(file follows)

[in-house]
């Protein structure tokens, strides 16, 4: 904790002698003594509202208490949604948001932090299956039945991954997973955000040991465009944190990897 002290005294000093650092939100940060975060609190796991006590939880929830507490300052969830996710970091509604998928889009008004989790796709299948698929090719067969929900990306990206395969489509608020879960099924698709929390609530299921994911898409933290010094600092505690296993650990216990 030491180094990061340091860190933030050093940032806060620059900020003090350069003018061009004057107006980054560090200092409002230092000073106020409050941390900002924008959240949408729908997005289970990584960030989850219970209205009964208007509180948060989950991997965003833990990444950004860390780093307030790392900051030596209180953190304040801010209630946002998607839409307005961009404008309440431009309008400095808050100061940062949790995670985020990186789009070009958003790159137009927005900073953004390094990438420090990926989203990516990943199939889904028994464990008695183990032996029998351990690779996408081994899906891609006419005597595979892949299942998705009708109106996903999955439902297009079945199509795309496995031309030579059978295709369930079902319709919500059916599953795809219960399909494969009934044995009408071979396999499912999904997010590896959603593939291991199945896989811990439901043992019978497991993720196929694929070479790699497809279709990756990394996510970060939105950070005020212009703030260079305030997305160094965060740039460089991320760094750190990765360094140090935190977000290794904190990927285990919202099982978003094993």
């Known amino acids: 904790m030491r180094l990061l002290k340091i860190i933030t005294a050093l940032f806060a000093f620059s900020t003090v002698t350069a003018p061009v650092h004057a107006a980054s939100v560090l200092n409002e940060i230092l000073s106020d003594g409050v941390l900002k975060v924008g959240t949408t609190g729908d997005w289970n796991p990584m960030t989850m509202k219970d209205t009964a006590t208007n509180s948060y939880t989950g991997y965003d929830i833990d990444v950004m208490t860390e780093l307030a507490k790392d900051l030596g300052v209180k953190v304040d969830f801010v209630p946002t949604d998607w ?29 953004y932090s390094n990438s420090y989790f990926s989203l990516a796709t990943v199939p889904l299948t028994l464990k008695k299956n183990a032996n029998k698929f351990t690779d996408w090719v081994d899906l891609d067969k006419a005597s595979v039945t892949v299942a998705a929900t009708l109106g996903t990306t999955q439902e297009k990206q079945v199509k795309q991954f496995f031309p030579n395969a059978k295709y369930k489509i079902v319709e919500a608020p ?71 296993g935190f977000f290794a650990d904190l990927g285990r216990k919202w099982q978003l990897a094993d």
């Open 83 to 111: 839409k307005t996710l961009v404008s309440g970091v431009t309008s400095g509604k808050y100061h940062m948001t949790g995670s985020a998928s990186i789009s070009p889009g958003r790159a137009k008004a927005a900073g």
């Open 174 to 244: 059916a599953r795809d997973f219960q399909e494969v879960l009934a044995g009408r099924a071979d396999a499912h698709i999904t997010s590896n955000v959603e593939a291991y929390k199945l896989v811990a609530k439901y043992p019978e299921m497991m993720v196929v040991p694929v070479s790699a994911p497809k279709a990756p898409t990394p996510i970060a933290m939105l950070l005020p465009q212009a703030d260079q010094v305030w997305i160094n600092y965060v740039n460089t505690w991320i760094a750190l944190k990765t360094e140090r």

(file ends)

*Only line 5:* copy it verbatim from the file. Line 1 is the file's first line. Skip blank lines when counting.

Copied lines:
């Open 174 to 244: 059916a599953r795809d997973f219960q399909e494969v879960l009934a044995g009408r099924a071979d396999a499912h698709i999904t997010s590896n955000v959603e593939a291991y929390k199945l896989v811990a609530k439901y043992p019978e299921m497991m993720v196929v040991p694929v070479s790699a994911p497809k279709a990756p898409t990394p996510i970060a933290m939105l950070l005020p465009q212009a703030d260079q010094v305030w997305i160094n600092y965060v740039n460089t505690w991320i760094a750190l944190k990765t360094e140090r």